A little racing?
Ok, well the weekend was a tough one I must say. Everything went pretty routinely in getting the bikes ready and getting some practice time in. The one curveball we dealt with were the tires. I personally feel there was a oversight of what was truly needed at this new track as it simply ate the medium compound tires for breakfast while the hard compounds looked practically new after a session. We don't want them to look new as that means we aren't getting maximum grip. The number of riders who fell during the weekend from losing the front was more than I had seen all season. Javelin said that there were over 30 Supersport crashes over the weekend with most attributed to loss of traction on the front tire. We were also bitten by this in race one.
Jav struggled to learn the track as we have done all season but was getting some decent laps in. We finally qualified in 23rd position for the races which was further back than we had hoped but it was not foreign territory to us. Jav would have to put his head down and make up positions during the race. He got a good start in race 1 which is something we have struggled with and need to improve next year. Seems as though we lose out routinely on the starts and burn off laps getting back to where we were to begin with. Javelin is going to try his hand at drag racing his bike in the off-season which will certainly help him improve his reaction time and getting the bike off the clutch sooner. He did get a decent launch and held his position this time so it was an improvement. Sadly, a few laps into the race, the front end got us and Jav went down in T6 at the new track. I thought it was all over and started packing up when from the corner of my eye, the 814 went screaming down the front straight. Turns out he picked up his bike and once refired, rejoined the race to finish what he started. No position for us to speak of on this one as he was 3 laps down by the end of the race. I was proud of him though that he picked that bike up and got right back to business. So many walk away when they fall. This kid does not know the meaning of the word quit.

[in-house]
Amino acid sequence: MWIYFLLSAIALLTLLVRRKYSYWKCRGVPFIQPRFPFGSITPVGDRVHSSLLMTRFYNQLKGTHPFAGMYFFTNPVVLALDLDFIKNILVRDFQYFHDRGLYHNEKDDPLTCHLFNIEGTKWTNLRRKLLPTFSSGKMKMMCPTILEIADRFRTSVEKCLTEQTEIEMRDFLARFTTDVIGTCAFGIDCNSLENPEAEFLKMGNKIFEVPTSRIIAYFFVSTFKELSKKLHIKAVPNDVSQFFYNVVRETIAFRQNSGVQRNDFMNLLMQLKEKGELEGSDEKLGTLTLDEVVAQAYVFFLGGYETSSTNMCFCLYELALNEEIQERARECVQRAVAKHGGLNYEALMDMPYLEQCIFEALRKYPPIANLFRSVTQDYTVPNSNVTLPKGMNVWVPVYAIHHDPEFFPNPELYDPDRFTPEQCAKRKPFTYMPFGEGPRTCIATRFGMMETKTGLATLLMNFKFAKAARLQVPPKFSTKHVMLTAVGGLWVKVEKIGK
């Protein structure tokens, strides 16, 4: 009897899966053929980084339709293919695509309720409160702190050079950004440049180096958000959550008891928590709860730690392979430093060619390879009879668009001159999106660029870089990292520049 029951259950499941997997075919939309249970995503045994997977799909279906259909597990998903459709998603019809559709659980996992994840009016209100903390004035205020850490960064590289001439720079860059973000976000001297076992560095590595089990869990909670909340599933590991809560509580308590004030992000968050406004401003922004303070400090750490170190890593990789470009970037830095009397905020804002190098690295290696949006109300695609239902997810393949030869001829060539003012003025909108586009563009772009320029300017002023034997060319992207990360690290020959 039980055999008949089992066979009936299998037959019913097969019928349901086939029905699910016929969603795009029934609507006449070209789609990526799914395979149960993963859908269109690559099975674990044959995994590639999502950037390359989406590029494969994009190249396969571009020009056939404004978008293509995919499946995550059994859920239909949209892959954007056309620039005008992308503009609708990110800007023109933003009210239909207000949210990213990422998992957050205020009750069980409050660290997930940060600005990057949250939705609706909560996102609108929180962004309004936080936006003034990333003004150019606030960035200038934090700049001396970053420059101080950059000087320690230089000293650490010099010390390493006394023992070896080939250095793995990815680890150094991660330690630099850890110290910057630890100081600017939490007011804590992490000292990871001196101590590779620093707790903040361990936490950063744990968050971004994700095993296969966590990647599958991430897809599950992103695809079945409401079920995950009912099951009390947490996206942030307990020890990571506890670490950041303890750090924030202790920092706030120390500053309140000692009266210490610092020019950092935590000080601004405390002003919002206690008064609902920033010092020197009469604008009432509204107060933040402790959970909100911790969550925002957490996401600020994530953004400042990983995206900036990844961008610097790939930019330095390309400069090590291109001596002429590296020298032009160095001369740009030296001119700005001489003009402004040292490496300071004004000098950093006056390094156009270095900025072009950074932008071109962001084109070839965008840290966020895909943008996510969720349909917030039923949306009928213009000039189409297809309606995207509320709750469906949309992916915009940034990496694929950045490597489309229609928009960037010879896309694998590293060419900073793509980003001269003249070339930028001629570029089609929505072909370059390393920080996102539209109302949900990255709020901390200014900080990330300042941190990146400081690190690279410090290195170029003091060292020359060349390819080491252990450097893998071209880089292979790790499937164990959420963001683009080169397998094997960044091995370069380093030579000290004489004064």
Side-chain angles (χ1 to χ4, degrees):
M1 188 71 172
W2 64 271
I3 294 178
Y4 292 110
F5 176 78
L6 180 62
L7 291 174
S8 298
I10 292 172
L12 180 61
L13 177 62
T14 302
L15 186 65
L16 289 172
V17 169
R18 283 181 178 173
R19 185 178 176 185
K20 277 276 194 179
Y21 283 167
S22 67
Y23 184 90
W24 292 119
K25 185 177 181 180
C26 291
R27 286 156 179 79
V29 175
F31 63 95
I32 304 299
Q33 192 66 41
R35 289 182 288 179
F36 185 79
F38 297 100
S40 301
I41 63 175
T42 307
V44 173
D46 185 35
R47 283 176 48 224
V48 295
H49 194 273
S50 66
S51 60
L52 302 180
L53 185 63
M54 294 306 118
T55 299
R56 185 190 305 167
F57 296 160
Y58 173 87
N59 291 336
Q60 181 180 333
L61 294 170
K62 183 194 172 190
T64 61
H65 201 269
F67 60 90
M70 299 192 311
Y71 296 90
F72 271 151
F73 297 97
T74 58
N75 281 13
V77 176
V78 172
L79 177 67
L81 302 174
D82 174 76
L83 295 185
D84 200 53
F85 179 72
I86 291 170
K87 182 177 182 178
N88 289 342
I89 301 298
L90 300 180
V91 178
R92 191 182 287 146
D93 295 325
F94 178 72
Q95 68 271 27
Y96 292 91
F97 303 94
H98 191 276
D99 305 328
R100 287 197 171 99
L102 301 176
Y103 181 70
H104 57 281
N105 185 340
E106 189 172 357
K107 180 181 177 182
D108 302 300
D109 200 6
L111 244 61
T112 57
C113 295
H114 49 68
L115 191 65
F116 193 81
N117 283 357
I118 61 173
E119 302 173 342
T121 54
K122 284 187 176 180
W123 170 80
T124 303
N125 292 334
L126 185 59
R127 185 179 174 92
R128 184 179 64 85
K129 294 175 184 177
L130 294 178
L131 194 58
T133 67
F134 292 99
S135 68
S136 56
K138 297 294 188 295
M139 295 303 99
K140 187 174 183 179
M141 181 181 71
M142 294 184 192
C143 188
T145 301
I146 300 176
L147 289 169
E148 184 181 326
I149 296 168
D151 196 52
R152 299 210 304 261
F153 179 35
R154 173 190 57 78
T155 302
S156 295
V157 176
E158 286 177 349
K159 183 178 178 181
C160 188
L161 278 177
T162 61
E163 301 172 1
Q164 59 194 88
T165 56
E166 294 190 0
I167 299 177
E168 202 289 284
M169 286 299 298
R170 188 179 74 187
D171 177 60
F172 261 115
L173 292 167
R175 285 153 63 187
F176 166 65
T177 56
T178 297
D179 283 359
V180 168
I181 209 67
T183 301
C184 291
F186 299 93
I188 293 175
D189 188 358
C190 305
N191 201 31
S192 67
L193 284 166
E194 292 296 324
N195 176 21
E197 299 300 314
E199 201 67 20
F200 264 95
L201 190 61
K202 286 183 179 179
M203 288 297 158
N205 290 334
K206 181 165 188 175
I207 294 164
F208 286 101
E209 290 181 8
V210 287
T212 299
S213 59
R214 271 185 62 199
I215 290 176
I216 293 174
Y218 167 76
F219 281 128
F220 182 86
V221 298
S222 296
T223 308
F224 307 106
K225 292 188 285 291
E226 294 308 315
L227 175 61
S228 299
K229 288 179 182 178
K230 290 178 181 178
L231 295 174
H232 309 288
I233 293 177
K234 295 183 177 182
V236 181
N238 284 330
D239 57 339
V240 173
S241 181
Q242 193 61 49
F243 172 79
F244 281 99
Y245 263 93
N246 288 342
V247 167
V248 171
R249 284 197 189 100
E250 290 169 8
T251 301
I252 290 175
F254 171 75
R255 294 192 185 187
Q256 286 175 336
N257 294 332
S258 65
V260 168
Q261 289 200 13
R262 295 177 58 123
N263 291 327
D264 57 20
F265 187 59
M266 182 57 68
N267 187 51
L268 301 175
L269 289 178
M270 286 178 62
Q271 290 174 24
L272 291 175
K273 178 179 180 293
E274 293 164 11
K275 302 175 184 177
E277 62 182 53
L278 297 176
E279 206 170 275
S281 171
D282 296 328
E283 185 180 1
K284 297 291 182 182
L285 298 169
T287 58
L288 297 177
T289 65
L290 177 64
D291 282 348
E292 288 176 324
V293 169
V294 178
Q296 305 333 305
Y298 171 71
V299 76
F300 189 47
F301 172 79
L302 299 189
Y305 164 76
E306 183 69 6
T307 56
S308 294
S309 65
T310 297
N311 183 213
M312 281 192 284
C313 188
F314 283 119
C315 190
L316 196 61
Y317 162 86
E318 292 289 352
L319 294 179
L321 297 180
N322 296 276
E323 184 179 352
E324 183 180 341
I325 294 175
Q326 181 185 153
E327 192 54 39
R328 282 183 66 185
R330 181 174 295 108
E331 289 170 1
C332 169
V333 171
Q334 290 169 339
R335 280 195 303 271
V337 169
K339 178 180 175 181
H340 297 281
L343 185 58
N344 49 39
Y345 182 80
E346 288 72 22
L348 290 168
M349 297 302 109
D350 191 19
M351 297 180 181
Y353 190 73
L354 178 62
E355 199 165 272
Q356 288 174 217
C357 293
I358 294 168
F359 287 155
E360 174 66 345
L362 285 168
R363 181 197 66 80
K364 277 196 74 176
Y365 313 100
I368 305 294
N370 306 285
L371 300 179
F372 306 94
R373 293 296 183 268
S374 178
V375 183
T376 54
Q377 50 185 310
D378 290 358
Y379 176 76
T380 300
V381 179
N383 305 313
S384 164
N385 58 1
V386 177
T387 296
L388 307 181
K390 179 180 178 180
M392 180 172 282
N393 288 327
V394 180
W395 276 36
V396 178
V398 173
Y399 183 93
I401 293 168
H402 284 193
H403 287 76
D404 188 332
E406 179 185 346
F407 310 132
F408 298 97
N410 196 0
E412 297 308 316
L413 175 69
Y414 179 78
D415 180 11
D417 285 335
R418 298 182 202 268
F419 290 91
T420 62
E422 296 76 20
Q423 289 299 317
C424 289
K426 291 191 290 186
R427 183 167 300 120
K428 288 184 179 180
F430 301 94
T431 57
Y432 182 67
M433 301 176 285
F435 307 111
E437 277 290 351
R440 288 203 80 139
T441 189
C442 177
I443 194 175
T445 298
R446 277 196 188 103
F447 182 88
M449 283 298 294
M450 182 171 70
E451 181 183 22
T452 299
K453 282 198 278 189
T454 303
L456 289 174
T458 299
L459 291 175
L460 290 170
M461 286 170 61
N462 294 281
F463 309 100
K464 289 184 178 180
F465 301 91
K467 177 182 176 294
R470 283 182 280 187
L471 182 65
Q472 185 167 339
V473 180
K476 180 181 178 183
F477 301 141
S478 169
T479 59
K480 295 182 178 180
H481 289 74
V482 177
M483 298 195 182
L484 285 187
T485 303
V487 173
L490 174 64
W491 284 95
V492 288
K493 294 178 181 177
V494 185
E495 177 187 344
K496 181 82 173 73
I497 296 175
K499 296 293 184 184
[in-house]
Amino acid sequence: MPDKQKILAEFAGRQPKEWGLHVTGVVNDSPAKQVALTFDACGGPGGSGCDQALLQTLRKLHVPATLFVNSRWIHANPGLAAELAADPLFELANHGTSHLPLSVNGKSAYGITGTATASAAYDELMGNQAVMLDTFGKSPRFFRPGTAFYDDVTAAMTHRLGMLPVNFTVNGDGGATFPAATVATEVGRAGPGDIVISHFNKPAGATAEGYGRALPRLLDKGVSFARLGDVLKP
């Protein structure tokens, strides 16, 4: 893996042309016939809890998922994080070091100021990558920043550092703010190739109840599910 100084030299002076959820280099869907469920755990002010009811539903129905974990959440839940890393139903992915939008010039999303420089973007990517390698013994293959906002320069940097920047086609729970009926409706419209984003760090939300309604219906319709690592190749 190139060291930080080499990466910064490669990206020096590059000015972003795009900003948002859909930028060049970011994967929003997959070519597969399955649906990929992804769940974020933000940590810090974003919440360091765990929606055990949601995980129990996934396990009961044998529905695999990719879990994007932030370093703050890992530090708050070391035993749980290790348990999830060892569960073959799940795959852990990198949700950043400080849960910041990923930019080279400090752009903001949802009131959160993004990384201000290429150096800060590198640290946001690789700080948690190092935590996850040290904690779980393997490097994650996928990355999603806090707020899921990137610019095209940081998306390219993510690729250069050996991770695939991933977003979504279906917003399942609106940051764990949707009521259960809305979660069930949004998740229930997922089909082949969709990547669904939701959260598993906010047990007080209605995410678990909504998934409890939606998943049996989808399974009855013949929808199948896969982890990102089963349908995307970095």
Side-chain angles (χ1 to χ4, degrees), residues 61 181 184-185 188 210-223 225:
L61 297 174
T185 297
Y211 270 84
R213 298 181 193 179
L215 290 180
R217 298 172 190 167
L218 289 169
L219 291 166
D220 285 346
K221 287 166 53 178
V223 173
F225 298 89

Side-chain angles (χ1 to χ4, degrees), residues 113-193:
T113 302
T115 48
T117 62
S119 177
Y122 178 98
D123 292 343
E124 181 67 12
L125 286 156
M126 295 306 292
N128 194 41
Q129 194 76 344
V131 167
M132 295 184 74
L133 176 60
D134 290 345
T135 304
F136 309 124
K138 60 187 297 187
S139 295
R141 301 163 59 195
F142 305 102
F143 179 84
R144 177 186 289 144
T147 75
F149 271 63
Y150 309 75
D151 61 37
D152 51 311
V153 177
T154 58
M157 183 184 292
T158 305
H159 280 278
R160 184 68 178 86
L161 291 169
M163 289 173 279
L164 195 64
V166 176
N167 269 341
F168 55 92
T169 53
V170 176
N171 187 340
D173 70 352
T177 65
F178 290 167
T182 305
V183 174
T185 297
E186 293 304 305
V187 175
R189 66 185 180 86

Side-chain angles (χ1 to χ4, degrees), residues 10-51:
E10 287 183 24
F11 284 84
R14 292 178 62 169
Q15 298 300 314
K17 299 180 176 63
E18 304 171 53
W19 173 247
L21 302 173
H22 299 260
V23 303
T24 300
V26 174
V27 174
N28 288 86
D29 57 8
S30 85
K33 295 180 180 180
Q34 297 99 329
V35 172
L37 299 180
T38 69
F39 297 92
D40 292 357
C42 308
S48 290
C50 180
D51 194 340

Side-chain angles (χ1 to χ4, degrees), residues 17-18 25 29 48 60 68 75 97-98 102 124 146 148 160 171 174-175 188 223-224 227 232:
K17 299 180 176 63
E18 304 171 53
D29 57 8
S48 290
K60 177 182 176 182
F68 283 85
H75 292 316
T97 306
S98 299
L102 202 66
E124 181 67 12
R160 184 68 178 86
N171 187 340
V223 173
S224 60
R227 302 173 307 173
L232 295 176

To try and compensate for the lack of front end grip, we softened up the springs and allowed the bike to have more weight on the nose. We also dropped the front tire pressure by 2 pounds to see if we could generate more heat and hence grip in the front. Sunday warmup looked promising as his times were equal to saturdays but on used tires and not pushing nearly as hard. Race two kicked in and again another great launch. He was on a charge for the first couple of laps and then started to settle into a laptime that wasn't going anywhere. Lap after lap he challenged the two riders in front of him but that was about all he had. Finally on the last lap, he made a dash on one rider and picked up another position but would finish the race in 21st. I wasn't thrilled with the result but the season was now over. He came into the pit and he was very unhappy. Seems his footpeg had spun off and was hanging on by only a couple of threads. It was the right one too on a track that is almost exclusively right hand turns. He said he couldn't put any pressure at all on the peg and feared it was going to fall off altogether. He was putting his foot up on the body of the rearset on the straightaways to try and overcome the problem but there simply wasn't anything he could do. Ever try to race someone on a bike with only one foot? Think about it :) Being the trooper that he is, he never gave up and refused to lose position by coming into the pits to fix the problem. I told him he was a champ and that's what champs do. They keep going, they never quit and they do what they have to to make it to the end. All qualities that I hope we are all able to attain in our lives.
We are home now looking at everything being blank again. The season is over and the new one has already begun. At the time of this writing, we are in negotiations with a number of sponsors but nothing is guaranteed yet. Yes, there is always the possibility that we won't be back next year. It takes finances to run a team and I have done a pretty decent job of draining our finances this year. A lot of people on this email are people we are trying to do business with, people who have it within their power to help and become involved with our team in 2013. Of course it needs to be the right choice for you and the brands you represent but I hope you have gotten a sense thoughout the year that we try very hard and we only have everyones best interests at heart. The championship ended with Javelin coming in 11th out of 69 total entries in the West coast championship. Can we do better next year? I know we can. We will work very hard in the off-season to correct the mistakes we made in 2012 and learn from them. We will do more for the team and for our sponsors, we will never give up and will always push forward no matter what the challenge.
Thank you to everyone who followed us this year. It has been a pleasure writing for you all and receiving the compliments after each and every race report. Am I a writer? No, not really but I usually speak from the heart and most times from the hip too :)
We will keep everyone up to date as the new season approaches. Daytona is in March of 2013 and we hope to be back stronger than ever. We could use a little help so don't hesitate to contact me and see what we can do together.
ZAG Racing LLC